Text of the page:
Trauma Sensitive Schools

Parents and Teachers Working Together to Ensure Success

by Janine S. Fisk, Ed.D.

 

Will I be okay? WIll other kids accept me the way I am? Will the teacher understand my needs? With back-to-school season quickly approaching, these questions might be creeping into the minds of kids and parents alike.

Interacting with peers is one of the most important steps to recovery after trauma, but many families struggle with anxiety and apprehension about this crucial time. As parents, there a few things we can do to ensure the school year begins on a positive note.

 

Develop a relationship with your child’s teacher.

Teachers and school support staff want to see their students succeed. Although they are trained in educational and behavioral strategies, they might not be familiar with trauma-sensitive needs. You can help by developing an open and honest relationship with your child’s teacher.

When you share their story, emphasize the importance of supporting and understanding the effects of the trauma—rather than getting caught up in the narrative. Your child is a burn survivor, not a victim. Burn survivors are more than their story. Caution teachers to be sensitive to difficulties and limitations, but to not make judgments based on your child’s trauma or scars.

 

Help educators understand the effects of trauma.

When kids misbehave, teachers are trained to follow specific disciplinary steps, often resulting in loss of recess, trips to the principal’s office, and detention. But none of these disciplinary actions help kids regain normalcy after trauma.

The stress of an acute trauma makes it difficult for a child’s brain to tell the difference between real and imagined threats. Every person handles trauma differently, but humans are hardwired to respond to danger in one of three ways: fight, flight, or freeze. When your child senses danger, real or imaginary, they can be triggered into one of these three modes.

This can cause both academic and behavioral disruptions in the classroom. Academically, your child might struggle to organize materials, be attentive, regulate emotions, and control higher-level functions such as setting and following through on goals. Behaviorally, they might be reactive and impulsive, defiant, or withdrawn. They may also struggle with perfectionism and have a hard time working well with others.

As a parent, you have an important role in helping teachers understand your child’s behavior and handle any disruptions. When teachers understand the motives behind disruptive behavior, they can address that behavior effectively, maintain the classroom environment, and support your child’s recovery.

 

Create a plan.

Children who experience trauma have a deep need for a sense of order and control. The following are suggestions parents, teachers, and school staff can implement to help children transition smoothly back into “normal” life.

  • Check your assumptions, observe, and question.
    • Ask yourself: Is this child purposefully being disruptive? What is the motive? Sometimes behavior is the only way they know to communicate.
  • Facilitate supportive relationships between adults and children
    • Always empower; never disempower.
    • Set clear limits and consistent routines.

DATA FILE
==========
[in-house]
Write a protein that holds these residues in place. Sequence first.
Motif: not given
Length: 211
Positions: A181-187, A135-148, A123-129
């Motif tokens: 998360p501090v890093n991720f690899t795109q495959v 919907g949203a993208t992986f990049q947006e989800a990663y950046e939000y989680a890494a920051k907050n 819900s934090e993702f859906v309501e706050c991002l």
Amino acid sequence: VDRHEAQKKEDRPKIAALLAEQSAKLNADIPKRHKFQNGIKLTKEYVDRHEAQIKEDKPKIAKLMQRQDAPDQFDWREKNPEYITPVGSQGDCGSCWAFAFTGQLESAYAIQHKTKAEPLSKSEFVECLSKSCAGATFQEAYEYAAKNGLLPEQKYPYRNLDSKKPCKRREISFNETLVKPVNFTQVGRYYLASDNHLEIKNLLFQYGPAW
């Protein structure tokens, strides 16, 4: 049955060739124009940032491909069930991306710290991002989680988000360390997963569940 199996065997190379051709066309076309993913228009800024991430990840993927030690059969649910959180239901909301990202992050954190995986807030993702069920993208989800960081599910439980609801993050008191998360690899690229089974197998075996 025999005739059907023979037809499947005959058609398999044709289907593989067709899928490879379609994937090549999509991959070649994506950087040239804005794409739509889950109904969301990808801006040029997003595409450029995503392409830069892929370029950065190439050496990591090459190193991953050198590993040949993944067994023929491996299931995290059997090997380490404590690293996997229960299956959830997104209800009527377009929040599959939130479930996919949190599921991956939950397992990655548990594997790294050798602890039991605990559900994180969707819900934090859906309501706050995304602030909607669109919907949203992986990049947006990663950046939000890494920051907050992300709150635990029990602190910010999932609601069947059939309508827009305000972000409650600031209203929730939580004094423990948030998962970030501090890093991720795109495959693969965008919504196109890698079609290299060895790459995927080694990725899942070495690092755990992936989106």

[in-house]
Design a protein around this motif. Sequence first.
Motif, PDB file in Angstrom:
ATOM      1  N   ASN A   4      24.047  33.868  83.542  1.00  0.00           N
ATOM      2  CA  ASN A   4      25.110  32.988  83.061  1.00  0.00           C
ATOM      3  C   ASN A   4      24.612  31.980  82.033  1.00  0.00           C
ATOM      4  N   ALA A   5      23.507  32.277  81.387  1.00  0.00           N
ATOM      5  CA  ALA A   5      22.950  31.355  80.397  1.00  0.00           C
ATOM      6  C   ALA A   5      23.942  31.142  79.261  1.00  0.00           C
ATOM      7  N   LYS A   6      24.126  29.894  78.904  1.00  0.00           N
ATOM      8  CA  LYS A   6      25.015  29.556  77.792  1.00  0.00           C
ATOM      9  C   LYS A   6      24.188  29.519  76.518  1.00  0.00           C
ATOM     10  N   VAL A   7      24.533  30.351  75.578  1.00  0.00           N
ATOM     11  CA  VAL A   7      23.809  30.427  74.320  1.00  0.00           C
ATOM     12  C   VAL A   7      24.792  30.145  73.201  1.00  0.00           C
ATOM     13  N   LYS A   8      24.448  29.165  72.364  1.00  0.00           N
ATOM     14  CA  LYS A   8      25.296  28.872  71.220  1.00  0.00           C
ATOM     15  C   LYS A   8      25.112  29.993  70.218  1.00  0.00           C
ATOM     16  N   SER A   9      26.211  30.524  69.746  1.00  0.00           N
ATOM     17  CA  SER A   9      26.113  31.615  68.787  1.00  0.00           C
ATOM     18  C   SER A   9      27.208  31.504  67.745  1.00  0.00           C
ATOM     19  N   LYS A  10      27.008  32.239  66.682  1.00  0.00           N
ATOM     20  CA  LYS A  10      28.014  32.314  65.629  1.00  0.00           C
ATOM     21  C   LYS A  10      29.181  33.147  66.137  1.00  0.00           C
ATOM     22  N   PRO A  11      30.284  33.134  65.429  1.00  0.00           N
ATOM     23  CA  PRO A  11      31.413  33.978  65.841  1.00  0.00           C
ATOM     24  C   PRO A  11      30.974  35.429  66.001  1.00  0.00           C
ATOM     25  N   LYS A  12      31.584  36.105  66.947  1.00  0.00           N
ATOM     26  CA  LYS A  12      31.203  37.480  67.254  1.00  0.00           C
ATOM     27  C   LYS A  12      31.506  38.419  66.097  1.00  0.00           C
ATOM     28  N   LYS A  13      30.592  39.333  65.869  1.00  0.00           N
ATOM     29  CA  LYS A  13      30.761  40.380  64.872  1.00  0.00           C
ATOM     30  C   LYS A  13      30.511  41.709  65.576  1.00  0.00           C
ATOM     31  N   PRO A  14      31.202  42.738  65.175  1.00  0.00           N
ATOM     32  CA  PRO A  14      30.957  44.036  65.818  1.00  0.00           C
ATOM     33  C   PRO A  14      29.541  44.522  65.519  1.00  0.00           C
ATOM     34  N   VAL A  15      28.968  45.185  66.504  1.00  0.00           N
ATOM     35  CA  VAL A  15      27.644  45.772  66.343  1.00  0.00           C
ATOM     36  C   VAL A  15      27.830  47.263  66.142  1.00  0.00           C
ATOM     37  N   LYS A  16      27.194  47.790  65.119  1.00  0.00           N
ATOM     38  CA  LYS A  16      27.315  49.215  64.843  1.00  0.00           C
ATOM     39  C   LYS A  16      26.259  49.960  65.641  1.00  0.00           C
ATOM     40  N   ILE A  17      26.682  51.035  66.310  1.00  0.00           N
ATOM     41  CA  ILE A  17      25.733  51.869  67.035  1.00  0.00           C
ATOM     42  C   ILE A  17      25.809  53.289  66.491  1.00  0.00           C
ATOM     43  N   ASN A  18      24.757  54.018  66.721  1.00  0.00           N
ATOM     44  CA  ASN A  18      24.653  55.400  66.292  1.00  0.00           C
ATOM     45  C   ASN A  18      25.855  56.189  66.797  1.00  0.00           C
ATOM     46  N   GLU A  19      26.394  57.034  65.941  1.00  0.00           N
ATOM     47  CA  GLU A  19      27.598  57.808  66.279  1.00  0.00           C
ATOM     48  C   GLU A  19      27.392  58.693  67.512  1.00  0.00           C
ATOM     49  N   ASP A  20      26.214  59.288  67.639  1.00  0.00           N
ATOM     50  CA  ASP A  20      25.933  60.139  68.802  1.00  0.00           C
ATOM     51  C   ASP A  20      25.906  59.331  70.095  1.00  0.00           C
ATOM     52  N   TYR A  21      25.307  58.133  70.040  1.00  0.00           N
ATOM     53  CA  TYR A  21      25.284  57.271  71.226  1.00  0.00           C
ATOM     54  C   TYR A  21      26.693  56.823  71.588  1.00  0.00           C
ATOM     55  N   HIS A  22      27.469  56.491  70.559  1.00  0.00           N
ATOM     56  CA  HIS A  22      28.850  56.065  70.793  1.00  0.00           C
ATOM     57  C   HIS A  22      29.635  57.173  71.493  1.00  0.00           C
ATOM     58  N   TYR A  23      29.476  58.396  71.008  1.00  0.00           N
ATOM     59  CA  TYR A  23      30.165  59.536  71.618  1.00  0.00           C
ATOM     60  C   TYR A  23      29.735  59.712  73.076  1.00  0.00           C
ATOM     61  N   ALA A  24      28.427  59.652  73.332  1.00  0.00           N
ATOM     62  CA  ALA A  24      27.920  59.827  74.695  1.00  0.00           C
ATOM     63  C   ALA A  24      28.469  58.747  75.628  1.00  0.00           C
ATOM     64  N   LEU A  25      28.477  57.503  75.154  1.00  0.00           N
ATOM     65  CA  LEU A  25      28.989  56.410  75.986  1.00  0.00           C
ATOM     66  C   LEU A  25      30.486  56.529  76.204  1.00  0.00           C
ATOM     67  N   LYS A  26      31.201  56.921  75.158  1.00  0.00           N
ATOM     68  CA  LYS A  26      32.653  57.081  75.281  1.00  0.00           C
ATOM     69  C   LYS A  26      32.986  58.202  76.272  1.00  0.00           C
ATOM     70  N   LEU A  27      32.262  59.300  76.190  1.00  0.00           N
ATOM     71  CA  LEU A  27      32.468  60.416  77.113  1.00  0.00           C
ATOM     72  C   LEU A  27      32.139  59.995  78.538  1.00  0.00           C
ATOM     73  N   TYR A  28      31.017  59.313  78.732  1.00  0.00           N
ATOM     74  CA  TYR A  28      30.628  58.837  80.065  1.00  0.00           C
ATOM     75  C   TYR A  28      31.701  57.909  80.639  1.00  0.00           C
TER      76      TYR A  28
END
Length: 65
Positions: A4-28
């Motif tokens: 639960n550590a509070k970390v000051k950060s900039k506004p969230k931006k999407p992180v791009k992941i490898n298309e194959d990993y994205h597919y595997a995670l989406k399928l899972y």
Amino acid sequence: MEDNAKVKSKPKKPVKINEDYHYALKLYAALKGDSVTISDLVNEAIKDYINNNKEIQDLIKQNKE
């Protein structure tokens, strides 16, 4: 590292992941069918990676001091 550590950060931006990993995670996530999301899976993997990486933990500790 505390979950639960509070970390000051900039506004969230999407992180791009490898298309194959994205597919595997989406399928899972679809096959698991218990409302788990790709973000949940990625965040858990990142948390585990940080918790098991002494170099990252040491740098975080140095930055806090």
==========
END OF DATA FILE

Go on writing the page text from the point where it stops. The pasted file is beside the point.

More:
• Provide public praise and discuss concerns privately.
  • Build a sense of self-efficacy and perceived control.
    • Give the child choices.
    • Provide unconditional positive regard.
    • Provide a safe place to decompress and/or talk.
    • Warn children of disruptions and changes in routine ahead of time.
    • Reassure the child that they are not a bad kid.
  • Maintain high expectations.
    • Set clear, attainable goals for students.
    • Involve student in setting goals for themselves.
  • Help strengthen adaptive skills and self-regulatory capacities.
    • Take time to embed mindfulness exercises into the daily routine. (Try Insight Timer -- a free mindfulness app.)
  • Be a relationship coach.
    • Explicitly teach how to have healthy relationships.
    • Use phrases such as: “I can see that you are frustrated, how might we adjust things to help you get through this?”
  • Provide opportunities for meaningful participation.
    • Think ahead about barriers that might be present and intentionally design a meaningful adaptation for the student’s participation.

 

Learning how to cope and manage stressful situations is critical in developing resilience. These suggestions have shown to predispose children to positive recovery outcomes. By understanding and advocating for your child, you’ll enable them to succeed and thrive.

Your child’s teacher will thank you for the input.

 

Janine Fisk is an Assistant Professor of Education Studies at the University of Wisconsin, Eau Claire. She has been an educator for 26 years and has worked with kindergarteners through adult learners. Her emphasis is on reading and literacy education, as well as creating trauma-sensitive schools. Nine years ago, her eight-year-old daughter, Abby, was burned in an agricultural fire. Navigating the path of school re-entry and the challenges of teen angst after a traumatic injury has guided Janine’s work and research with pre-service educators.

 

This story is an excerpt from The Phoenix Society’s® Burn Support Magazine, Issue 2, 2017.  Burn Support Magazine is a tri-annual publication that contains articles on the emotional, psychological, and social aspects of burn recovery.  All Rights Reserved.
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